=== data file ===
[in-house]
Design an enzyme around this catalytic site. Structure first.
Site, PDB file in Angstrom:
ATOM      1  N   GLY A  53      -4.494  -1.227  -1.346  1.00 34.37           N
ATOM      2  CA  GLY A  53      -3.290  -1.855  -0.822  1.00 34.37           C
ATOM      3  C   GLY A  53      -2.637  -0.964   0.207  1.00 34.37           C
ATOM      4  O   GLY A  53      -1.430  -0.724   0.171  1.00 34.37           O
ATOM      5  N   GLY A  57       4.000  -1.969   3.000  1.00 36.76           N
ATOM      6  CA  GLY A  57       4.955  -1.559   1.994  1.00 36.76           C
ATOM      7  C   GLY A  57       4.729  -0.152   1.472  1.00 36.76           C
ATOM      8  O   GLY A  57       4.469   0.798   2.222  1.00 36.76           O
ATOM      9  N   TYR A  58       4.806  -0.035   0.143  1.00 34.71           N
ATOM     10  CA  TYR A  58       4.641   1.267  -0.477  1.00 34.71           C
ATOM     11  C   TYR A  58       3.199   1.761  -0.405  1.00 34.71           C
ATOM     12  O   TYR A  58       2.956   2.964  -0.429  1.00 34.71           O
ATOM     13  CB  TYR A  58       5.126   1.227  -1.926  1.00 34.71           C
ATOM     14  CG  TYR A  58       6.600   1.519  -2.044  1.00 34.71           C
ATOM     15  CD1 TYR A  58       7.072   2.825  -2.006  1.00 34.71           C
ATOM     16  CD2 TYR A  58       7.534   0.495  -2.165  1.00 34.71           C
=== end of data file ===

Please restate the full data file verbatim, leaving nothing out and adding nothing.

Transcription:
[in-house]
Design an enzyme around this catalytic site. Structure first.
Site, PDB file in Angstrom:
ATOM      1  N   GLY A  53      -4.494  -1.227  -1.346  1.00 34.37           N
ATOM      2  CA  GLY A  53      -3.290  -1.855  -0.822  1.00 34.37           C
ATOM      3  C   GLY A  53      -2.637  -0.964   0.207  1.00 34.37           C
ATOM      4  O   GLY A  53      -1.430  -0.724   0.171  1.00 34.37           O
ATOM      5  N   GLY A  57       4.000  -1.969   3.000  1.00 36.76           N
ATOM      6  CA  GLY A  57       4.955  -1.559   1.994  1.00 36.76           C
ATOM      7  C   GLY A  57       4.729  -0.152   1.472  1.00 36.76           C
ATOM      8  O   GLY A  57       4.469   0.798   2.222  1.00 36.76           O
ATOM      9  N   TYR A  58       4.806  -0.035   0.143  1.00 34.71           N
ATOM     10  CA  TYR A  58       4.641   1.267  -0.477  1.00 34.71           C
ATOM     11  C   TYR A  58       3.199   1.761  -0.405  1.00 34.71           C
ATOM     12  O   TYR A  58       2.956   2.964  -0.429  1.00 34.71           O
ATOM     13  CB  TYR A  58       5.126   1.227  -1.926  1.00 34.71           C
ATOM     14  CG  TYR A  58       6.600   1.519  -2.044  1.00 34.71           C
ATOM     15  CD1 TYR A  58       7.072   2.825  -2.006  1.00 34.71           C
ATOM     16  CD2 TYR A  58       7.534   0.495  -2.165  1.00 34.71           C